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Introduction To Melmoth The Wanderer
Melmoth The Wanderer
Missing: Page Thirteen
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Introduction To Melmoth The Wanderer








Balzac likens the hero of one of his short stories to "Moliere's
Don Juan, Goethe's Faust, Byron's Manfred, Maturin's Melmoth--great
allegorical figures drawn by the greatest men of genius in Europe."

"But what is 'Melmoth'? Why is HE classed as 'a great allegorical
figure'?" exclaimed many a surprised reader. Few had perused--few
know at this day--the terrible story of Melmoth the Wanderer, half
man, half devil, who has bartered away his soul for the glory of
power and knowledge, and, repenting of his bargain, tries again and
again to persuade some desperate human to change places with him--
penetrates to the refuge of misery, the death chamber, even the
madhouse, seeking one in such utter agony as to accept his help,
and take his curse--but ever fails.

Why this extraordinary tale, told with wild and compelling sweep,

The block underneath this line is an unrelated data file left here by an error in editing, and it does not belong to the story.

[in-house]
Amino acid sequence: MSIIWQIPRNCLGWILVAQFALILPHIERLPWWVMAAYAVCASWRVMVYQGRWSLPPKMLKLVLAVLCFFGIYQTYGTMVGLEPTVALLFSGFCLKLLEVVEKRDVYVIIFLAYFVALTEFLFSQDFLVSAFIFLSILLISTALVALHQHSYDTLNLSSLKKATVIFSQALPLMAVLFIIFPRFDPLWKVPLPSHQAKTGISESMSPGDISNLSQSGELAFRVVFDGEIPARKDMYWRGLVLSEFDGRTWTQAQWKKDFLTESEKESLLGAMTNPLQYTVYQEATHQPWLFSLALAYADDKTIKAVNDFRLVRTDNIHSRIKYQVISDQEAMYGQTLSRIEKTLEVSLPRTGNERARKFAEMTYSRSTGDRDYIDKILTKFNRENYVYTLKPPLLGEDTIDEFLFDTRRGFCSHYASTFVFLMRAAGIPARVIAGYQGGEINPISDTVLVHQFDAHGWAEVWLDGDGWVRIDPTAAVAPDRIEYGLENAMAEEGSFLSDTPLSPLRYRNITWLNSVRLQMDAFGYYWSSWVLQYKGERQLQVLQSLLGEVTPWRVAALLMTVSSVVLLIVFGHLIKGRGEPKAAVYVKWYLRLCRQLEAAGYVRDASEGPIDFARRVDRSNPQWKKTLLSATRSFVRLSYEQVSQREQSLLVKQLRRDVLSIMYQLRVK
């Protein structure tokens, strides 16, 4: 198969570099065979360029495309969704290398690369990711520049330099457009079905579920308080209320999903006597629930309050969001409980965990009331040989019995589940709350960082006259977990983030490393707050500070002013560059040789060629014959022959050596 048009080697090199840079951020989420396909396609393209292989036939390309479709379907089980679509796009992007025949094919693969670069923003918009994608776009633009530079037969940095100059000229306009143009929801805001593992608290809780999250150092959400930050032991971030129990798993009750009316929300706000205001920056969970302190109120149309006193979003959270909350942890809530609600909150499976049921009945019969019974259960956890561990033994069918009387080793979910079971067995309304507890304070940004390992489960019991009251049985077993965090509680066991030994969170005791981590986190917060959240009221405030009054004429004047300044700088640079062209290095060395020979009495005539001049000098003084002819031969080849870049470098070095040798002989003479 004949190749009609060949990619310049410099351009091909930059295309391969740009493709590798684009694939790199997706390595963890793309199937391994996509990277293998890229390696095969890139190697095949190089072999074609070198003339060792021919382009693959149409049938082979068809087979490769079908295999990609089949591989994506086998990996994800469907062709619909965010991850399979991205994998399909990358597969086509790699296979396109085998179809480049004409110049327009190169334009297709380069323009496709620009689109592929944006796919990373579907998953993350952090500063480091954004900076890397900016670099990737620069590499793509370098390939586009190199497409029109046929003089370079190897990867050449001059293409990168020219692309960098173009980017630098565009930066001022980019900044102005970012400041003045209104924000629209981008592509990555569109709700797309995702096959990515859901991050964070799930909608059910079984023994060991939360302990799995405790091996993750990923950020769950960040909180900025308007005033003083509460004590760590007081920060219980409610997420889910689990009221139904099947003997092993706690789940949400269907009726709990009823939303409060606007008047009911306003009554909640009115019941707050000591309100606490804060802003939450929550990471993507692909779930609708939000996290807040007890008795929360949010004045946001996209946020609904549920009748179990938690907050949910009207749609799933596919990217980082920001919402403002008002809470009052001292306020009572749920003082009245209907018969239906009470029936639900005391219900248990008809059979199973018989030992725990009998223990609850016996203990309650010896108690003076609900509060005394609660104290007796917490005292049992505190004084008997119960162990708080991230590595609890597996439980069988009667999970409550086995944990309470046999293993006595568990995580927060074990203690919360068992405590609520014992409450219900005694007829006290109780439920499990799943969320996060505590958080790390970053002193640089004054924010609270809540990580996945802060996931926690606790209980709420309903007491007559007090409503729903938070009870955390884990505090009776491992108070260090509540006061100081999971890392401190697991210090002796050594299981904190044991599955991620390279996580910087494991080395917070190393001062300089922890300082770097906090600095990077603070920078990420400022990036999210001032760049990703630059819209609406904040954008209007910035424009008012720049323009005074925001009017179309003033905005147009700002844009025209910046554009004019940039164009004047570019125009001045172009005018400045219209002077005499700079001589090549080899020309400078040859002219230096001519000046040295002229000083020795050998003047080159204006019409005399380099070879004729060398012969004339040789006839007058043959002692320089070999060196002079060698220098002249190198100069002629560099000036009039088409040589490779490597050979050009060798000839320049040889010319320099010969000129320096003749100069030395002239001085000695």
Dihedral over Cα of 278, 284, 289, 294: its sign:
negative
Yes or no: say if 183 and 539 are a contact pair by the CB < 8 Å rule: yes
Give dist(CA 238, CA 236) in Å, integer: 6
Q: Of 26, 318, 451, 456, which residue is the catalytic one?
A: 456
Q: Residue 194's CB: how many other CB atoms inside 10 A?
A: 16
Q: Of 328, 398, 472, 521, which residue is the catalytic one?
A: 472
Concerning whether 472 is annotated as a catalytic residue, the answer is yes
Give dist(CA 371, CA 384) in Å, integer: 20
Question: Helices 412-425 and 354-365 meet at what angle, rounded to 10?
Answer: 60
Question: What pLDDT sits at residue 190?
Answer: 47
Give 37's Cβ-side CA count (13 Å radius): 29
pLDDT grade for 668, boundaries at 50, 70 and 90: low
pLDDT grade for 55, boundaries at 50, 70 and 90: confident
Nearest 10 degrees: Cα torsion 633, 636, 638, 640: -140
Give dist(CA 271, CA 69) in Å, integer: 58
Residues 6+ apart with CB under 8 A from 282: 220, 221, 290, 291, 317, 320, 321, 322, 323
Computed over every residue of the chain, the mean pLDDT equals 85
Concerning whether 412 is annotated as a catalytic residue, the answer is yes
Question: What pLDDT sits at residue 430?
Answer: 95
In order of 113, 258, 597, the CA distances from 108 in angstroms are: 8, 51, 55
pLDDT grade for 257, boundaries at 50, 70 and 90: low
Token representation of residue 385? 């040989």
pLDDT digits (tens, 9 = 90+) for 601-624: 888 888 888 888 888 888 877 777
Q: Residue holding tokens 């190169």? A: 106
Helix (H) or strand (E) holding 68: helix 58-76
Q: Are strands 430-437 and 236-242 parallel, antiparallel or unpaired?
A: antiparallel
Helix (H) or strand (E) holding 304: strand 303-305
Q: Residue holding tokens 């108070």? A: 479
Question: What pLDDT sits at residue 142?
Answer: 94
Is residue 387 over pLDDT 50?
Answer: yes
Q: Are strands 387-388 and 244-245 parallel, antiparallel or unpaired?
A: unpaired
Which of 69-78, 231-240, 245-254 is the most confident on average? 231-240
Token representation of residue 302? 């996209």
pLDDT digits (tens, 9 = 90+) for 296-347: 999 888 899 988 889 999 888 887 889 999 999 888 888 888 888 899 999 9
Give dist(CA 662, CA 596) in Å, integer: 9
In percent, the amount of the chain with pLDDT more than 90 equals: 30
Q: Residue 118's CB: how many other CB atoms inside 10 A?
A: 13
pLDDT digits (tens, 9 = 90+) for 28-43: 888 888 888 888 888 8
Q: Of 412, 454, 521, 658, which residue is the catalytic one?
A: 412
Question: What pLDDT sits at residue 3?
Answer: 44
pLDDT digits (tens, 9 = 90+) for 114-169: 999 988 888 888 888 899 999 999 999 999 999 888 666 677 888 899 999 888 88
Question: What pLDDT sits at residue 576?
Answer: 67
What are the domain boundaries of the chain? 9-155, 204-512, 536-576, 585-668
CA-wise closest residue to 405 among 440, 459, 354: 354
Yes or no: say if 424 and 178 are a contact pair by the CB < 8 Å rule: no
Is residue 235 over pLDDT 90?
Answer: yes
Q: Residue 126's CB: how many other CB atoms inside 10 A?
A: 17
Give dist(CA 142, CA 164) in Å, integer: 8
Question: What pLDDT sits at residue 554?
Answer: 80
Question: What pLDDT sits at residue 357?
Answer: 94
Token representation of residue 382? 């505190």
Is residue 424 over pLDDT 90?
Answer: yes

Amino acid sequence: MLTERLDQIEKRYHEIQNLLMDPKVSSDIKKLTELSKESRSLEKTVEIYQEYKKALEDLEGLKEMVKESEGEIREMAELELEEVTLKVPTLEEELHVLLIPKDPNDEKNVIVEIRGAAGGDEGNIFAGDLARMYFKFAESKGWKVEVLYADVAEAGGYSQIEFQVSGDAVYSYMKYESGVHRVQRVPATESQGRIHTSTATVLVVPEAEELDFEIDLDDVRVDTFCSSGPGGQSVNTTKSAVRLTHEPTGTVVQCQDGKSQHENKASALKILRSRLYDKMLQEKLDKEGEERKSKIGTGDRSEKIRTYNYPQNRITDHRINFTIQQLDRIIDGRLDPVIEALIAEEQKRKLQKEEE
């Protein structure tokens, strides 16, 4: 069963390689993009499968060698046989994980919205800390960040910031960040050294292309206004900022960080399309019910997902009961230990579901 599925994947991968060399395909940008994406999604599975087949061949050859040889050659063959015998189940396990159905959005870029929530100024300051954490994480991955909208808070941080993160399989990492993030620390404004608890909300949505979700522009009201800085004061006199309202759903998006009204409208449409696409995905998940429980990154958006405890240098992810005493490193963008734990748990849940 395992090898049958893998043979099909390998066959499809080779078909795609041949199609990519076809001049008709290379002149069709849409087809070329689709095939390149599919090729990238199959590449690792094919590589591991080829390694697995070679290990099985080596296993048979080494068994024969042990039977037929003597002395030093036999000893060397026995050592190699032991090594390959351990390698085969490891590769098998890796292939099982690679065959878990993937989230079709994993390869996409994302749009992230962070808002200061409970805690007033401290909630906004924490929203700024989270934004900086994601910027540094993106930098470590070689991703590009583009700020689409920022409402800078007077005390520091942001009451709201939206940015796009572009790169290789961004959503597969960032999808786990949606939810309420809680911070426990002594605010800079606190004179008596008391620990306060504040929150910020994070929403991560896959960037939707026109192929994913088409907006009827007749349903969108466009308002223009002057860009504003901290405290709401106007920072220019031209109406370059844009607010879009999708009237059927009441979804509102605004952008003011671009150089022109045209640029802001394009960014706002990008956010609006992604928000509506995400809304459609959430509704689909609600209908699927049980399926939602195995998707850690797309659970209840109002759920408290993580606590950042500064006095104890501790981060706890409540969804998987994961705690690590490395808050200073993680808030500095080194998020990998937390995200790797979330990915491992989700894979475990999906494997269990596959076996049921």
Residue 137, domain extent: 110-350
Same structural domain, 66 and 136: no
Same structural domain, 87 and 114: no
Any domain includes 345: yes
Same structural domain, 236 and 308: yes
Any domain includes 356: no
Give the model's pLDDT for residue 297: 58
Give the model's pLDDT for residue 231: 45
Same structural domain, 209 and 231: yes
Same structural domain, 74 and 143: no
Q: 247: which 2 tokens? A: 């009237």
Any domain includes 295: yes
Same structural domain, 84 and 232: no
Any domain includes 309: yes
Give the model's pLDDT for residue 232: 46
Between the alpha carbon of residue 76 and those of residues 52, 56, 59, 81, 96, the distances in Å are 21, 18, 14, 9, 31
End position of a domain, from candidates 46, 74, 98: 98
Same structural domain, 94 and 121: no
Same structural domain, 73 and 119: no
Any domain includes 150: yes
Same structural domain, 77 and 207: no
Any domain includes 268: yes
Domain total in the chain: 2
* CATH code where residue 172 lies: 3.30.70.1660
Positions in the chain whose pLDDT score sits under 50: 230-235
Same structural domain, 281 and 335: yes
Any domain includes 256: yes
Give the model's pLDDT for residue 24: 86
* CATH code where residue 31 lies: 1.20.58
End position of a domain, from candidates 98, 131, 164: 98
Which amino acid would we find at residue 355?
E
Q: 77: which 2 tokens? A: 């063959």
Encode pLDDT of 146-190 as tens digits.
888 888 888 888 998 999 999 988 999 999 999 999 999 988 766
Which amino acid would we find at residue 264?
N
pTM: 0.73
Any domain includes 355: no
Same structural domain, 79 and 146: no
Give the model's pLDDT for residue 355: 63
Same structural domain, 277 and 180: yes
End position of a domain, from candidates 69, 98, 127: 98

has remained so deep in oblivion, appears immediately on a glance
at the original. The author, Charles Robert Maturin, a needy,
eccentric Irish clergyman of 1780-1824, could cause intense
suspense and horror--could read keenly into human motives--could
teach an awful moral lesson in the guise of fascinating fiction,
but he could not stick to a long story with simplicity. His dozens
of shifting scenes, his fantastic coils of "tales within tales"
sadly perplex the reader of "Melmoth" in the first version. It is
hoped, however, that the present selection, by its directness and
the clearness of the story thread, may please the modern reader
better than the involved original, and bring before a wider public
some of the most gripping descriptions ever penned in English.

In Volume IV of these stories comes a tale, "Melmoth Reconciled,"
which Balzac himself wrote, while under the spell of Maturin's
"great allegorical figure." Here the unhappy being succeeds in his
purpose. The story takes place in mocking, careless Paris, "that
branch establishment of hell"; a cashier, on the eve of
embezzlement and detection, cynically accedes to Melmoth's terms,
and accepts his help--with what unlooked-for results, the reader
may see.



Charles Robert Maturin





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